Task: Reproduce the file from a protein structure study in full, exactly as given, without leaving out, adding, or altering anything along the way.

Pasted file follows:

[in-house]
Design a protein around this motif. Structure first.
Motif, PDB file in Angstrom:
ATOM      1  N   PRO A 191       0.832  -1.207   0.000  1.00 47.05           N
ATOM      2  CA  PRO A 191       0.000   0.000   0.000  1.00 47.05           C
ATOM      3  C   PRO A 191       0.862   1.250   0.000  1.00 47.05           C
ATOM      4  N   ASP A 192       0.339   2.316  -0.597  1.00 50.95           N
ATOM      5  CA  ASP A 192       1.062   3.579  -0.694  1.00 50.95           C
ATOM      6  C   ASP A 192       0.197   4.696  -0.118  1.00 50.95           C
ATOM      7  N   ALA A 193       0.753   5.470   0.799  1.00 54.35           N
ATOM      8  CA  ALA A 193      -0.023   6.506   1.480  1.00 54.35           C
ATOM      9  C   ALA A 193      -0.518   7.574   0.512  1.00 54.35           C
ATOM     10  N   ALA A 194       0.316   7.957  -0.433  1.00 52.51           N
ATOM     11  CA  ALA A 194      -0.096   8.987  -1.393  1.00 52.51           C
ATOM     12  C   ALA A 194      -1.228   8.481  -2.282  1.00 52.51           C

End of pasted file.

[in-house]
Design a protein around this motif. Structure first.
Motif, PDB file in Angstrom:
ATOM      1  N   PRO A 191       0.832  -1.207   0.000  1.00 47.05           N
ATOM      2  CA  PRO A 191       0.000   0.000   0.000  1.00 47.05           C
ATOM      3  C   PRO A 191       0.862   1.250   0.000  1.00 47.05           C
ATOM      4  N   ASP A 192       0.339   2.316  -0.597  1.00 50.95           N
ATOM      5  CA  ASP A 192       1.062   3.579  -0.694  1.00 50.95           C
ATOM      6  C   ASP A 192       0.197   4.696  -0.118  1.00 50.95           C
ATOM      7  N   ALA A 193       0.753   5.470   0.799  1.00 54.35           N
ATOM      8  CA  ALA A 193      -0.023   6.506   1.480  1.00 54.35           C
ATOM      9  C   ALA A 193      -0.518   7.574   0.512  1.00 54.35           C
ATOM     10  N   ALA A 194       0.316   7.957  -0.433  1.00 52.51           N
ATOM     11  CA  ALA A 194      -0.096   8.987  -1.393  1.00 52.51           C
ATOM     12  C   ALA A 194      -1.228   8.481  -2.282  1.00 52.51           C